I awake in a porcelain-lined bathtub.
She stands before me. I study her stunning face, her well-preened hair, her virgin-blue eyes while she massages my forehead with an icy, moist towel. What is she doing here? And why do I lie in this waterless bath?
Oh, yes: Pockets warned me last night before retiring: I walk in my sleep, he said, urinating everywhere. Only the other night I left a shite in the closet, he said. Mind yourself, it could happen again. No— it will happen again. No one’s perfect, said Pockets.
That is when I huddled a pillow and comforter into a neat bundle before staggering off to the safest room in the flat given the circumstances—the toilet.
She studies me, still holding the chilly towel against my crown.
“You look like the walking dead.”
Stiff and sore, I rise to crawl from the tub, to study my wan reflection in the vanity mirror. Your man in the mirror is not me, not the me who was standing in some blissful river three years past— happily married and well-employed, nor the me who stepped into the river two years ago and emerged on this side of the pond, nor the me who stood at the pulpit just yesterday and denounced his professed faith. And by no means is he the me who tied one on last night in the Botanic District and then stepped out in front of a speeding taxi. How I avoided being crushed by that taxi is a mystery to me. If not the grace of God and quickness of the Daryl Hannah Look-Alike’s reflexes, I might now be a dead man.
I believe God is not yet done with me.
“Feck all. I do look bad, don’t I? Say, I thought ye went home after breakfast.”
“I did.”
“Did ye meet up with yer husband?”
“He quizzed me nonstop for days.”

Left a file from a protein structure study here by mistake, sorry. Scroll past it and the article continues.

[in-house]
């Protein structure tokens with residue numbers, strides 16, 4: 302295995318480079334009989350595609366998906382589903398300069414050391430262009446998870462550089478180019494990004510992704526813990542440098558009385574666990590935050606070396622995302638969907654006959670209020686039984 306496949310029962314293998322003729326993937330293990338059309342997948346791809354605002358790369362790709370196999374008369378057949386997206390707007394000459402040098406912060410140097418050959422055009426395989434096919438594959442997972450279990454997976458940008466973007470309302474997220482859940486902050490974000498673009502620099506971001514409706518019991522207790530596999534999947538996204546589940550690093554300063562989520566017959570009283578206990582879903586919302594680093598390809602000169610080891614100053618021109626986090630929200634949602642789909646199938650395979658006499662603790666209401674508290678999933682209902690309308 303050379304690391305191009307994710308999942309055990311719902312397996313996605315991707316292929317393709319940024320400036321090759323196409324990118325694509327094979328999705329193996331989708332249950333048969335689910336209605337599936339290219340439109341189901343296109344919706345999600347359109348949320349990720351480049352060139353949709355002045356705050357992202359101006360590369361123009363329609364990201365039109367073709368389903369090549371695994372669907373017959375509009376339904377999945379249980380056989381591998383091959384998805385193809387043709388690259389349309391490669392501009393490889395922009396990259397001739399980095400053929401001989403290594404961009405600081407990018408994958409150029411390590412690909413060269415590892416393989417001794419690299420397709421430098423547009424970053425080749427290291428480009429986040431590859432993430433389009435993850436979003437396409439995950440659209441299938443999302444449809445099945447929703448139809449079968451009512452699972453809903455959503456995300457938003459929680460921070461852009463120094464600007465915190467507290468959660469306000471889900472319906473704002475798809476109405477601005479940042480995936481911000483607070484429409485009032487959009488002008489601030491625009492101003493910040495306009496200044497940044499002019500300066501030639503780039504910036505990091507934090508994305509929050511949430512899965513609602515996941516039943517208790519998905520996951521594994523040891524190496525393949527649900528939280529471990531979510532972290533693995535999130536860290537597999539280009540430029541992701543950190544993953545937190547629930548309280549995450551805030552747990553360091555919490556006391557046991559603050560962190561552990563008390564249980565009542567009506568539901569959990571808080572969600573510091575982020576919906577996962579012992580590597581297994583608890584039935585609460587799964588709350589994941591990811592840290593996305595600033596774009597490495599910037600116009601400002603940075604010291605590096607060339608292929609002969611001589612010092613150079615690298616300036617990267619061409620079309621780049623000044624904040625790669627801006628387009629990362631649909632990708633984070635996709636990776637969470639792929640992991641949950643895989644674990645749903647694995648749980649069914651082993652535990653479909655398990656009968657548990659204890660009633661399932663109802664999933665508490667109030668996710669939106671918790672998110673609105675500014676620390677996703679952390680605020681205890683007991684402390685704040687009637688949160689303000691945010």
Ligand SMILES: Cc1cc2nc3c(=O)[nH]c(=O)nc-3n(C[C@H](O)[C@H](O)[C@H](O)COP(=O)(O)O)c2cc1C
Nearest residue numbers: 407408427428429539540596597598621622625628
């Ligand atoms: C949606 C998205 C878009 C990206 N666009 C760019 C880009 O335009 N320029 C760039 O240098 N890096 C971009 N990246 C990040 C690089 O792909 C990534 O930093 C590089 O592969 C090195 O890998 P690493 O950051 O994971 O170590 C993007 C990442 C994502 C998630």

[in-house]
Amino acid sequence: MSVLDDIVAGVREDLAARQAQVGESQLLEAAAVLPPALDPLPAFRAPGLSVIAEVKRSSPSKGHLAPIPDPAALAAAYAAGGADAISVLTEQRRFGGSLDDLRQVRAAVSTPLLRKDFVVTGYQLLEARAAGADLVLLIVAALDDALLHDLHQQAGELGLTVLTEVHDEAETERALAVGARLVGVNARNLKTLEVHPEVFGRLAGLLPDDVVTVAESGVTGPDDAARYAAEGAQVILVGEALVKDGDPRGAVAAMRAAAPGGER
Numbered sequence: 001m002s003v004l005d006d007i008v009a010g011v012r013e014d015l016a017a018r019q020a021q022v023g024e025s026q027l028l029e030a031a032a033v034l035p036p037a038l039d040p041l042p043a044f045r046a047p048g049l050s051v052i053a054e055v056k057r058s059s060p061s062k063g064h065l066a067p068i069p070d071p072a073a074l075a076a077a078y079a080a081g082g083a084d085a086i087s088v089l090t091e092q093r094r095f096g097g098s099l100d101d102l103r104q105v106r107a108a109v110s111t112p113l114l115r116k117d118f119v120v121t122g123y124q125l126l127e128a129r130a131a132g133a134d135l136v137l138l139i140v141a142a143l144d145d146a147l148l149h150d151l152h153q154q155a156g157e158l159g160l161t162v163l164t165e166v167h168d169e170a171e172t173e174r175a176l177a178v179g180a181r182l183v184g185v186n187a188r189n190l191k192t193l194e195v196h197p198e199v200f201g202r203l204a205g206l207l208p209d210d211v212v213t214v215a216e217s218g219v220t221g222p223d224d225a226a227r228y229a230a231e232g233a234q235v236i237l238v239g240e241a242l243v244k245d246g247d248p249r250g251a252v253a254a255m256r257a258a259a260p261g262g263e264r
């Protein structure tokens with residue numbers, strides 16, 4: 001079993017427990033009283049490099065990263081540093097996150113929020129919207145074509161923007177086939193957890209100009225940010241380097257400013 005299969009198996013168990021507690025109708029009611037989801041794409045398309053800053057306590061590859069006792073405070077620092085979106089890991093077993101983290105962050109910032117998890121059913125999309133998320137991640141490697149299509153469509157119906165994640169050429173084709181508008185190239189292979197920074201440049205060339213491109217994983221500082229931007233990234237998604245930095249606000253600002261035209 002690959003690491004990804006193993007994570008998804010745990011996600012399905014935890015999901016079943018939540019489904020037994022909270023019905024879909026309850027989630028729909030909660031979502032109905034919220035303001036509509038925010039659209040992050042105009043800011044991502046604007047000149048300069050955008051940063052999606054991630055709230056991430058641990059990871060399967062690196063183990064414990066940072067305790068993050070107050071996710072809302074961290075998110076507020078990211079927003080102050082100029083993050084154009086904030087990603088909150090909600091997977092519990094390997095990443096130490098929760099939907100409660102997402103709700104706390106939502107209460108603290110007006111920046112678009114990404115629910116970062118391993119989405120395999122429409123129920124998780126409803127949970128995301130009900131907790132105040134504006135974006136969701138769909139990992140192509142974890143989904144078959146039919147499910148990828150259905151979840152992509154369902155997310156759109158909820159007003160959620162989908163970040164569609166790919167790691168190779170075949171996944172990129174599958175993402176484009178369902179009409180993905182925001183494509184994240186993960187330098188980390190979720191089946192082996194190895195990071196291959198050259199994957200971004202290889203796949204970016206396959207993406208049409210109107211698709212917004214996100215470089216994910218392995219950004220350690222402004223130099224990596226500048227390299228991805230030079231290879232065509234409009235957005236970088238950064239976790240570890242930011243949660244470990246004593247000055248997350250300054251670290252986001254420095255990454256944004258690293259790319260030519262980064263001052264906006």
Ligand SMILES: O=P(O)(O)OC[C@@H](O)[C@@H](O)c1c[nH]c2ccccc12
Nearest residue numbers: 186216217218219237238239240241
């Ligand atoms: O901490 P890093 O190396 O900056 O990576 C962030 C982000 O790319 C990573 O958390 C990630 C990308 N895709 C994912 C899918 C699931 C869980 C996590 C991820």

“Days you say? But only yesterday…”
“Yesterday? Yesterday? We landed in Limerick four days past.”
“Four days?”
“And nights, now have your fry and then it is down the road with us.”

Black Taxi

black taxi

(Image: Stephen Hamilton/Presseye)

In short time, I am in the neutral zone as well. I ask Pockets for the key to the flat. Smiling, he refuses to hand it over. He motions toward two young women. He has sorted me out with the tall, attractive one, says he. She is a fetching blonde who favors Daryl Hannah. He fancies the brunette who would look like Sharon Stone if only she would drop six stone. I object, wanting nothing to do with Daryl or any other lady. I want to sleep, to steal away, to forget about the female species, to disremember what a beautiful woman like this Daryl look-alike can do to a foolish man’s heart.
Beaming, Pockets ignores my pleas.
An eternity later, myself, Pockets, Daryl Hannah, and Sharon-Plus-Six-Stone exit The Centre. We begin the short tramp toward Pocket’s flat. Up University we go, past Lisburne Road, walking, chatting, laughing at nothing in particular. Cabs and cars flash by. We pause at the multi-street intersection of Donegall Road and Shaftesbury Square to wait on the green man. Daryl Hannah wraps one slender arm about my waist and leans her head upon my shoulder. Lettering on the shops seems hieroglyphic; road signs, cryptic. Nothing makes sense, not the traffic signals, not our conversation, not even the paint growing long on stucco storefronts. Cars flash by in all directions, trailing past in illuminating streams of red and white. Malfunctioning traffic lights glow green indications in all directions. Cars enter the intersection from north, south, east, west, crashing into one another. They rise high into the city sky, tornado-tossed upward like rockets bursting into the foggy firmament. The ensuing din borders on the unbearable. Confused, I step from the curb into a river of chaos, into the oncoming traffic, as a speeding black taxi approaches the intersection.

Verse & Adversity: Reflections on the 2017 Princeton Poetry Festival


Standing: Professor Paul B. Muldoon. Michael Longley is seated to his immediate left.